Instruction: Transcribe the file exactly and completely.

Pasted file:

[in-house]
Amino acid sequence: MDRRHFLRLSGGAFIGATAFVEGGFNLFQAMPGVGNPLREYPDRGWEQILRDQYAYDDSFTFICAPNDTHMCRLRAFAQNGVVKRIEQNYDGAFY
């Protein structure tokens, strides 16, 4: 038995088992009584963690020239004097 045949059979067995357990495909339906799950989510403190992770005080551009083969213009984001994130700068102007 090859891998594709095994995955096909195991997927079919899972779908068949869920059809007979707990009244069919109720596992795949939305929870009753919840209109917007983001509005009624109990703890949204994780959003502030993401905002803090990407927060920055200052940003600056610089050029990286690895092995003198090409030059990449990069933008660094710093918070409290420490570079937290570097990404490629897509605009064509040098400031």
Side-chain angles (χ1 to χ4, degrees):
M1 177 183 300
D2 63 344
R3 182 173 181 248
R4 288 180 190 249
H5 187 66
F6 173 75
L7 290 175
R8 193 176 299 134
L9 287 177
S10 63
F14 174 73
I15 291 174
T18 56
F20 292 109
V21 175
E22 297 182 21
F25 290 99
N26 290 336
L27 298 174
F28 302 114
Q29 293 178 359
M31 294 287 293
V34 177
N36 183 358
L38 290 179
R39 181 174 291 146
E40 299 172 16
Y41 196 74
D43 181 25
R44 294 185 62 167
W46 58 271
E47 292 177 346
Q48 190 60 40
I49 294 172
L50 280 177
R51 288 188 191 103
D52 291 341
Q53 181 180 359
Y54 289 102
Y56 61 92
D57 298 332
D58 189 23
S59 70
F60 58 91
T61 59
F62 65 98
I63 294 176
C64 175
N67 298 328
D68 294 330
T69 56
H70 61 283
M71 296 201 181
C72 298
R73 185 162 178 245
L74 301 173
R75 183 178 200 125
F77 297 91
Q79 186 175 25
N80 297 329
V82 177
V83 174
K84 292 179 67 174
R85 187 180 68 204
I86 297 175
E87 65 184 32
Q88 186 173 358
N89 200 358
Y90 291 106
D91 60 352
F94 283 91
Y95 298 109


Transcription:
[in-house]
Amino acid sequence: MDRRHFLRLSGGAFIGATAFVEGGFNLFQAMPGVGNPLREYPDRGWEQILRDQYAYDDSFTFICAPNDTHMCRLRAFAQNGVVKRIEQNYDGAFY
């Protein structure tokens, strides 16, 4: 038995088992009584963690020239004097 045949059979067995357990495909339906799950989510403190992770005080551009083969213009984001994130700068102007 090859891998594709095994995955096909195991997927079919899972779908068949869920059809007979707990009244069919109720596992795949939305929870009753919840209109917007983001509005009624109990703890949204994780959003502030993401905002803090990407927060920055200052940003600056610089050029990286690895092995003198090409030059990449990069933008660094710093918070409290420490570079937290570097990404490629897509605009064509040098400031």
Side-chain angles (χ1 to χ4, degrees):
M1 177 183 300
D2 63 344
R3 182 173 181 248
R4 288 180 190 249
H5 187 66
F6 173 75
L7 290 175
R8 193 176 299 134
L9 287 177
S10 63
F14 174 73
I15 291 174
T18 56
F20 292 109
V21 175
E22 297 182 21
F25 290 99
N26 290 336
L27 298 174
F28 302 114
Q29 293 178 359
M31 294 287 293
V34 177
N36 183 358
L38 290 179
R39 181 174 291 146
E40 299 172 16
Y41 196 74
D43 181 25
R44 294 185 62 167
W46 58 271
E47 292 177 346
Q48 190 60 40
I49 294 172
L50 280 177
R51 288 188 191 103
D52 291 341
Q53 181 180 359
Y54 289 102
Y56 61 92
D57 298 332
D58 189 23
S59 70
F60 58 91
T61 59
F62 65 98
I63 294 176
C64 175
N67 298 328
D68 294 330
T69 56
H70 61 283
M71 296 201 181
C72 298
R73 185 162 178 245
L74 301 173
R75 183 178 200 125
F77 297 91
Q79 186 175 25
N80 297 329
V82 177
V83 174
K84 292 179 67 174
R85 187 180 68 204
I86 297 175
E87 65 184 32
Q88 186 173 358
N89 200 358
Y90 291 106
D91 60 352
F94 283 91
Y95 298 109